Jealousy. What causes us to feel this? And why does it seem to consume us and eat us up inside? I remember feeling lots of jealousy growing up.
Jealous of the girls with clear skin. Jealous of the dancers who were naturally flexible. Jealous of Linnea Bauer who always got a 110 on her tests. I mean, how did she ALWAYS get 10 points over perfect?! And, she was tall. Talk about double whammy of jealousy.
In many ways, those jealous feelings are what motivated me to work harder and be a better version of myself; as a person, dancer and student. It had me doing my splits to improve my flexibility, studying hard to get an over-perfect score on my test. I tried every acne medication to help me clear up my skin (literally, everything. Props to my parents for that). Can you remember back to what made you feel waves of jealousy as a teen growing up?! Funny how those things seem so silly now, but how important they were to us then. And, how they helped shape who we are today.
Fast forward to adult life: I still feel jealousy, not as frequently or as often… but about the most ridiculous things.
What am I jealous of now?
People who don’t have to clip a tooth in everyday. Broadway stars with voices that fill your soul with their power (though I do pretend I have the voice of an angel when I’m belting out show-tunes in the car). People who don’t have bunions (#dancerlife). Those who have the willpower to say no to a Wendy’s Jr. Bacon Cheeseburger with fries and a Diet Coke. Cars parked in a garage.
Do you hear how crazy that sounds?
Cars parked in a garage.
Whenever I drive by a house and see their cars parked IN their garage, I get jealous. Am I jealous of the cars because they look so cozy tucked in there? Am I jealous that the homeowner doesn’t have a slew of bikes, buckets, firewood and plastic lawn ornaments cluttering their garage? Maybe I’m jealous of their sheetrock walls with perfectly organized shelves. Why does it give me a feeling of not being good enough?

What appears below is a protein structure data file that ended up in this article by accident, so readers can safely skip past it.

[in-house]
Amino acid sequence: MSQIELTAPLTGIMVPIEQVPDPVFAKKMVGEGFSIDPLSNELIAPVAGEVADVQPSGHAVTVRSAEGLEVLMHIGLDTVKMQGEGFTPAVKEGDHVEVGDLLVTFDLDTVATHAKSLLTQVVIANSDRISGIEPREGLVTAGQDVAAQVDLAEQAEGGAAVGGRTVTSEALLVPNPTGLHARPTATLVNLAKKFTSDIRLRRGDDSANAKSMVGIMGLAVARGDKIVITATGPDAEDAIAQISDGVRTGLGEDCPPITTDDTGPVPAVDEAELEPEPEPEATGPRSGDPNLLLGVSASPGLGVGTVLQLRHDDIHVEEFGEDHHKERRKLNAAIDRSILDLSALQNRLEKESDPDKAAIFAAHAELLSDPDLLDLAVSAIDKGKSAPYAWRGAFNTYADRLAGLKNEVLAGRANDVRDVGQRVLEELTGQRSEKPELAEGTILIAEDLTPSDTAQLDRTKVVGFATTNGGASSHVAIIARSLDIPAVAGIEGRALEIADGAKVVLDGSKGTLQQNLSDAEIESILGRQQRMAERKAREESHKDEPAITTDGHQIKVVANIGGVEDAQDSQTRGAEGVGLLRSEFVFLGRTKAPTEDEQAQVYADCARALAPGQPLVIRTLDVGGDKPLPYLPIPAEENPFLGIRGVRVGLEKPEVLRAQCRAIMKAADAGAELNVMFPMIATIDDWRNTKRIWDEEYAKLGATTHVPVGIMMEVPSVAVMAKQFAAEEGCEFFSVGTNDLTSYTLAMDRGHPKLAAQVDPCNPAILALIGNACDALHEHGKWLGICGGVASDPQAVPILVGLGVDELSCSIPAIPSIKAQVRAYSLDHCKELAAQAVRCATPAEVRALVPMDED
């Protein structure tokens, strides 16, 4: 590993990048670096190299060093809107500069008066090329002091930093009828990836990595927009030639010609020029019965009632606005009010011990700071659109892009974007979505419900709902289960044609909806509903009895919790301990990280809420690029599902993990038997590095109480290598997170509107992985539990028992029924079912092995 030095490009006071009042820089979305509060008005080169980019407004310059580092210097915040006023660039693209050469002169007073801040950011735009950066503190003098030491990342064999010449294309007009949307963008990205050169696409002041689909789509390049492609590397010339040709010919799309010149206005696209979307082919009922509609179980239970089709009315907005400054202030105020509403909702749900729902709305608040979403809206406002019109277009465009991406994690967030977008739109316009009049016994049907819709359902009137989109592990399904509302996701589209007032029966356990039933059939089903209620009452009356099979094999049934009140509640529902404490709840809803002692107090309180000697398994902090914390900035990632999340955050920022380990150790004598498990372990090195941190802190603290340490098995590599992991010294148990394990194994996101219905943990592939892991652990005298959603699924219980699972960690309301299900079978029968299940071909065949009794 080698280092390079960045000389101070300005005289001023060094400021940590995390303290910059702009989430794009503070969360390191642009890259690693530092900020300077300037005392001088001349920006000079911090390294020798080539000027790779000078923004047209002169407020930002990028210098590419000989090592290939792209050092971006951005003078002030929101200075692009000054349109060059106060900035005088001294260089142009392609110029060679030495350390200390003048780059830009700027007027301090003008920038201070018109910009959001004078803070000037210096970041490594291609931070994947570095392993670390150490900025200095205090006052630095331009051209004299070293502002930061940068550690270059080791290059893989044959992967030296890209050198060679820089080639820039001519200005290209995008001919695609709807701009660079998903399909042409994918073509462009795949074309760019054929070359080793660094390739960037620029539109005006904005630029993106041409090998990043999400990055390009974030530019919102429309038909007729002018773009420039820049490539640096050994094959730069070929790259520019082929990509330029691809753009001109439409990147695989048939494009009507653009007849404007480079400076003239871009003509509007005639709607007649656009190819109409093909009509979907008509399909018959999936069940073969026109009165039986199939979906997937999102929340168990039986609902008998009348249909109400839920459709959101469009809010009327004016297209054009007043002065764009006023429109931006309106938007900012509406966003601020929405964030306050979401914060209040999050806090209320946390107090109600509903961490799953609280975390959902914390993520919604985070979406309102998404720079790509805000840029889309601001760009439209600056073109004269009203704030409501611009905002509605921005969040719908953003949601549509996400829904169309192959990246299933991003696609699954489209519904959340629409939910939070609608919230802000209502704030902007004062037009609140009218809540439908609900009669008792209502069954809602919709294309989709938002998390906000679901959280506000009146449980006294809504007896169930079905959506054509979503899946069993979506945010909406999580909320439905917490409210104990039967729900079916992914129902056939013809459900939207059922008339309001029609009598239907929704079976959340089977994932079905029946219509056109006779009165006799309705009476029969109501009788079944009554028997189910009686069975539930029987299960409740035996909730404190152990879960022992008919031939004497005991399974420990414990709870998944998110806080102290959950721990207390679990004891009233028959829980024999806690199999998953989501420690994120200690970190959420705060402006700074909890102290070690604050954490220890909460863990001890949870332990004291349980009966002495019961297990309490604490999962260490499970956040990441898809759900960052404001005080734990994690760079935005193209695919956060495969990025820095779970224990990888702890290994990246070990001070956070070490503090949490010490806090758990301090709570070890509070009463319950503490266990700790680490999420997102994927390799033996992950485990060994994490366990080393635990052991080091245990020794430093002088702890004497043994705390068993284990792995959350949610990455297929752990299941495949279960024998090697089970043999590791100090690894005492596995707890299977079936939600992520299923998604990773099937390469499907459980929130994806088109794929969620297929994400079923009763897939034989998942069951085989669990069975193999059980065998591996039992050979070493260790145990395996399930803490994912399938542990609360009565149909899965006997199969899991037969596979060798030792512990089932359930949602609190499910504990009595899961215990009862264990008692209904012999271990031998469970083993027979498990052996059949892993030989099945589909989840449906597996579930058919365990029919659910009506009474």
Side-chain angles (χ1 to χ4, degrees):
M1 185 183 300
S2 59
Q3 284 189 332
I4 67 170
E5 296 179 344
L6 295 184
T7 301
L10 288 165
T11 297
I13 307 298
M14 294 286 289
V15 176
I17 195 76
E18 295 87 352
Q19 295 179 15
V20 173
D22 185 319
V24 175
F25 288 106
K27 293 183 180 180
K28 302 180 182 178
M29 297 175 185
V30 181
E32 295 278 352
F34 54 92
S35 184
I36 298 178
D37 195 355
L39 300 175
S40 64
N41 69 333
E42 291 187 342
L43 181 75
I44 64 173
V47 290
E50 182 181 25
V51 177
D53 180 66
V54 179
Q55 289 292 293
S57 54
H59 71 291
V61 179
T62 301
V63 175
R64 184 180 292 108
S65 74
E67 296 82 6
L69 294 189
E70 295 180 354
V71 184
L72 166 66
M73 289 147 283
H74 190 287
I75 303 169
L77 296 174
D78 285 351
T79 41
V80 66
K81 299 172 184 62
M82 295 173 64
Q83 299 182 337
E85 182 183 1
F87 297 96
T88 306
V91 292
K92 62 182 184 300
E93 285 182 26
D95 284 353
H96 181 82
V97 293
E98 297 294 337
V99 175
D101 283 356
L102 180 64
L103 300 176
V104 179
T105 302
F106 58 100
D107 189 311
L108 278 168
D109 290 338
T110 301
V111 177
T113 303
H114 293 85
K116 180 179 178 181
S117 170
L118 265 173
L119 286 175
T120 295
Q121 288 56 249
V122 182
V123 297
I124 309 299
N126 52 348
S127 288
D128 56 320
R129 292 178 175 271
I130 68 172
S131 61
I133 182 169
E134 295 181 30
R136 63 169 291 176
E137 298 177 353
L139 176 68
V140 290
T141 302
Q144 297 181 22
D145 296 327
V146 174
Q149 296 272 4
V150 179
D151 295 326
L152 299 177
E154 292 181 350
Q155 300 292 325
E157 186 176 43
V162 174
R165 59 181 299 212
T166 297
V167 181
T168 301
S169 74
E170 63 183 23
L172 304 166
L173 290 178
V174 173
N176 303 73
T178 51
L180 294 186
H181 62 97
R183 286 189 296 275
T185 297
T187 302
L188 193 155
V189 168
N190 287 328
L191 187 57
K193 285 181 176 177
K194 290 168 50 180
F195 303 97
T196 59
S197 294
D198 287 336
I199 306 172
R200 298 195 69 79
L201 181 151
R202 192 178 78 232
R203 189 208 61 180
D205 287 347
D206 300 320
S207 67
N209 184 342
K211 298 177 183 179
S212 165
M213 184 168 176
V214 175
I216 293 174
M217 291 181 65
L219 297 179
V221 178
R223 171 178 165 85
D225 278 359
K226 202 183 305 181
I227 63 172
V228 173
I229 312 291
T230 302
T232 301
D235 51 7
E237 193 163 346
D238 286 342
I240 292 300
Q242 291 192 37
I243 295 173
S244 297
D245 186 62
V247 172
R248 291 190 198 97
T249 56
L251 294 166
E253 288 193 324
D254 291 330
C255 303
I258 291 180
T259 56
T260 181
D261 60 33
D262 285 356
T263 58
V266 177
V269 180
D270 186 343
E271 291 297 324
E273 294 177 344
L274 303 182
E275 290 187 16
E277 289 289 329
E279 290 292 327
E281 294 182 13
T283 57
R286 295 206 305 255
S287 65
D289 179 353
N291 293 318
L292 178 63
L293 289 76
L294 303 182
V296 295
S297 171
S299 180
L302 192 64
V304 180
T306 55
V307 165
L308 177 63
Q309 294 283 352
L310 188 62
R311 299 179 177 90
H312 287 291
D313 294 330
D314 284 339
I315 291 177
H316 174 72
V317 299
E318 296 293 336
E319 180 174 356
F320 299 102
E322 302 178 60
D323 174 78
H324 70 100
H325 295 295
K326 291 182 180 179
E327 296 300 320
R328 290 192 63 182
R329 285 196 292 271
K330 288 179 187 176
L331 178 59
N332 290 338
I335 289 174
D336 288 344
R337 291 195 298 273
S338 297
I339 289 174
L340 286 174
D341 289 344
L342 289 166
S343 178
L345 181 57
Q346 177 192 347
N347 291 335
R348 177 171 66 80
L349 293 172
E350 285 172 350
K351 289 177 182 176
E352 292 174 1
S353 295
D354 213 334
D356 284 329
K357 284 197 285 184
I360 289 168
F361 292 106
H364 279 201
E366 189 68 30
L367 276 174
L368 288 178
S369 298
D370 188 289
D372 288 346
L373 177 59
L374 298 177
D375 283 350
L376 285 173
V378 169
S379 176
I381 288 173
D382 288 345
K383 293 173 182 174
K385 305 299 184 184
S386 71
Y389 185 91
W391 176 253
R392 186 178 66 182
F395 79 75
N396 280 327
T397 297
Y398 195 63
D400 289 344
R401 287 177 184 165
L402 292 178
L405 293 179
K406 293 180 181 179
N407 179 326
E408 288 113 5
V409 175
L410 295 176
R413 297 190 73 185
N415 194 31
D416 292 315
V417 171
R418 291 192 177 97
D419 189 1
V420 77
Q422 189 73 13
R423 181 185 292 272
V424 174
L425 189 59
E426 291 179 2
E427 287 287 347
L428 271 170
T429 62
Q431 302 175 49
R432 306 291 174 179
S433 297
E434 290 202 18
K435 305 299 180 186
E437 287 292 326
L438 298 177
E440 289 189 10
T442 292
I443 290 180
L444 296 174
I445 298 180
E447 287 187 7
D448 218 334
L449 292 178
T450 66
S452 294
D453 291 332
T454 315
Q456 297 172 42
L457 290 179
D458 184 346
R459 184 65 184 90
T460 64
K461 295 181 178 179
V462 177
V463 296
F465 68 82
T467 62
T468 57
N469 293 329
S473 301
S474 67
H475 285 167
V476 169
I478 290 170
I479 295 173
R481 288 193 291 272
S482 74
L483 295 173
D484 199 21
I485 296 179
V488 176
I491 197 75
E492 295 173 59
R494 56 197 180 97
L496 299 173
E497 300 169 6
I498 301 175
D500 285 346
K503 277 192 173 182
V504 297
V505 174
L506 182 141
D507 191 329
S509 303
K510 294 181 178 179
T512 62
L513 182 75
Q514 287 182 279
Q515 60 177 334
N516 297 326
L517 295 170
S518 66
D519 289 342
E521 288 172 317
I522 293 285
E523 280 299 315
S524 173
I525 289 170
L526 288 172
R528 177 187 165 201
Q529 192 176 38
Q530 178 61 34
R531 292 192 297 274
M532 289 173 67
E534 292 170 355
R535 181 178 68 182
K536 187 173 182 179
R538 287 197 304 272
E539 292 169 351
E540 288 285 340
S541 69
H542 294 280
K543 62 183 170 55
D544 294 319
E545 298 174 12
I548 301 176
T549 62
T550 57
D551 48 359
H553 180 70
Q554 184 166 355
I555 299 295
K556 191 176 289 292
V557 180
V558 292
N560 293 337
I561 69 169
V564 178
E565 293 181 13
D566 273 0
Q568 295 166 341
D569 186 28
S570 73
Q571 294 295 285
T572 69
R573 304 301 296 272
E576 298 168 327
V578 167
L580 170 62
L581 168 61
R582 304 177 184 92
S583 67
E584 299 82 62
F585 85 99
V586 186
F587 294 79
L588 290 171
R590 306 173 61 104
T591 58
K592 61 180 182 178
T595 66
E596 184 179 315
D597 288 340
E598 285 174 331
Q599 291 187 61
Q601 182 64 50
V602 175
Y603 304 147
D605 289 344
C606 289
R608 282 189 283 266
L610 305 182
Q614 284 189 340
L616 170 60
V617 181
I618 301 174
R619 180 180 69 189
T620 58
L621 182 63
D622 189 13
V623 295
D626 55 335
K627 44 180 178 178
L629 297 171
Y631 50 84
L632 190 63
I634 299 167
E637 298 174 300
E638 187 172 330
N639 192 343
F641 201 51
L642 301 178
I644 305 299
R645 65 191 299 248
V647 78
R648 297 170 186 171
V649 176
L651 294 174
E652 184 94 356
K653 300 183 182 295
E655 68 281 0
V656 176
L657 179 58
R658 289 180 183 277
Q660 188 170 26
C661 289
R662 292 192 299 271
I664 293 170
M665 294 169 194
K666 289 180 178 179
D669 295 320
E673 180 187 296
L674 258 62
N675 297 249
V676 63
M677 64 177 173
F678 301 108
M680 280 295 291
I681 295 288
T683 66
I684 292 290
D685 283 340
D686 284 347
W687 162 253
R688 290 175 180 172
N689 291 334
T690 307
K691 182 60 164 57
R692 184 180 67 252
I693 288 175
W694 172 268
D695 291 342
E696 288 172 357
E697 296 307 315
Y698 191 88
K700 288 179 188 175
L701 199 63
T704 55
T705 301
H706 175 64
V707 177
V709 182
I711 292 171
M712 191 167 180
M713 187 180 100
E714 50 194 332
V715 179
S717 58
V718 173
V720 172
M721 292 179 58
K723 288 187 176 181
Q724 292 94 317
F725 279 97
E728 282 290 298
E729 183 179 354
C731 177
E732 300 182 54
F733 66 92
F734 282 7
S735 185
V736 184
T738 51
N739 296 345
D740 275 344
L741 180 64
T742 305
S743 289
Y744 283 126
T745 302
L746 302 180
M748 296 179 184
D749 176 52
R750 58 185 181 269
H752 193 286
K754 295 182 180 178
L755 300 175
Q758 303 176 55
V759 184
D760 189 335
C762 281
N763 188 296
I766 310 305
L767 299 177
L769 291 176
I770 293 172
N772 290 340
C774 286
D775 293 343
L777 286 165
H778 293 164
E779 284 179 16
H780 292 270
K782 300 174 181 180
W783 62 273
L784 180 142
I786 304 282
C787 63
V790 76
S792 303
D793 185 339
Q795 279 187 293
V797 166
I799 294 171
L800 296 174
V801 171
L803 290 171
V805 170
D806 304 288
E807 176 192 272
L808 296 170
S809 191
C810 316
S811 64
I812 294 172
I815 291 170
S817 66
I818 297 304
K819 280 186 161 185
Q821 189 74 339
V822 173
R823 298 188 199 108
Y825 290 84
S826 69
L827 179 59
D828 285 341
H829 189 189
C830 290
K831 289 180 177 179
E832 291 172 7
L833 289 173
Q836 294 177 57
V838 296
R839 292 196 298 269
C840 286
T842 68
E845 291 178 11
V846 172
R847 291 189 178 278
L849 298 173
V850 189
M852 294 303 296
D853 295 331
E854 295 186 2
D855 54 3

I’ve been obsessing over it and have made it my mission to clean out my garage, just to park my damn car in there. And then, of course, garage-envy leads to shed-envy which leads to shed-location envy which leads to how-is-their-grass-so-green envy which then makes me green with envy… it’s a vicious cycle! So, when I finally do park my car in my garage, will it make my life better? Will I be happier? I finally checked myself and changed my perspective. I now look at my garage as what I want to define it as: a tiny home for all the fun toys, gadgets, bikes, decorations and remote control cars that will bring us countless memories to cherish. My car is currently parked in the driveway and will be for the foreseeable future.
Funny how we can’t just be content with what is. All these things we wish we had or could do. But, look at all we do have; the blessings all around us.
I’ve done a lot of self-work, read a lot of books about focusing on what matters and have really discovered what it means to be happy and content with what I have. I have posted quotes on my vision board about how “we spend so much time worrying about what we don’t have that we forget about what we do have.” I’ve found so much truth in the blessings and fulfillment that “community over competition” brings. I’ve had the realization that I may not have everything I want or need right now, but what I’ve got is pretty damn amazing. We’re human, jealousy happens. But let’s check ourselves when it does. What we do and don’t have, eat, wear and own doesn’t define us. We define us. And that is a beautiful thing. 💛